But in Come Like Shadows… Bullard displays his full range as a director, including sections that work as pure comedy and others at such a high emotional pitch they might have come from a tragedy. In many respects this show seems more a meditation on the mechanics of making theater and on the relationship between performer and audience than it is an exploration of power struggles. The set–a series of scrims–underscores not only the fact that we’re watching something on a stage but that we’re seeing only what Plasticene wants us to see. Similarly, the extreme fragmentation of the piece and the performers’ close attention to the rituals of entrances and exits emphasize the artificiality and emphemerality of the art.
Bullard further elaborates on his theatrical theme by filling his ensemble with actors from very different sectors of Chicago’s sprawling non-Equity scene. Van Swearingen is a founding member of A Red Orchid Theatre, a company known for its intensely naturalistic acting. Gopfert has worked with the Curious Theatre Branch, Prop, Lookingglass, and Redmoon–all companies that eschew mere realistic playmaking. Mark Comiskey too is best known for his work with Curious Theatre. This diversity enriches our experience: the ensemble is equally convincing in the piece’s abstract and naturalistic sequences, performing like some handpicked elite army and displaying a confidence and commitment that draws us in even when what they’re doing is obscure.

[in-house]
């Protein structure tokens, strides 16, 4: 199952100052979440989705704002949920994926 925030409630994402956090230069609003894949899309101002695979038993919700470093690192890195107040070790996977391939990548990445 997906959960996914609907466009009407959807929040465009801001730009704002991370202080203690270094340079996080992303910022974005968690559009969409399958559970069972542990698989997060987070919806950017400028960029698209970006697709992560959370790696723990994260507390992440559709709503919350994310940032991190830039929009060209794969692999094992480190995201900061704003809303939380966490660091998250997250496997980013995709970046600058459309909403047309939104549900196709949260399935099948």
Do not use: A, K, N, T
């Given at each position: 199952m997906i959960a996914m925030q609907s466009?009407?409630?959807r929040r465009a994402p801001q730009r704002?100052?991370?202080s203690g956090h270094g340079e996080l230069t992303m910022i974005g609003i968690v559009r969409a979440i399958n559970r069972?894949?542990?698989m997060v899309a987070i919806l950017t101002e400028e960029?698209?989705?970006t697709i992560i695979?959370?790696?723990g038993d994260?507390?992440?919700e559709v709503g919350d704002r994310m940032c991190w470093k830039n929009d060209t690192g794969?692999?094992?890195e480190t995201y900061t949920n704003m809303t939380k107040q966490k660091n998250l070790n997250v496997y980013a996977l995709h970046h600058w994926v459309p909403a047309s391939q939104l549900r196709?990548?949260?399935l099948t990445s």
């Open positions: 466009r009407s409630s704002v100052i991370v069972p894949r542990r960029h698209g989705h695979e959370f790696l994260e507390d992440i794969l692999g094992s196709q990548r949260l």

Early in the show the actors step onto a nearly black stage, separated from the audience by a series of translucent scrims, to perform a beautifully choreographed sequence with votive candles. One candle rises, the rest follow; one candle falls, and the rest follow. All the candles drop to the floor, then all rise mysteriously. It’s a beautiful image that acts as a prologue of sorts, introducing the theme of theatricality and–when the candles are extinguished–the idea that everything in the theater is as insubstantial as a shadow on a wall.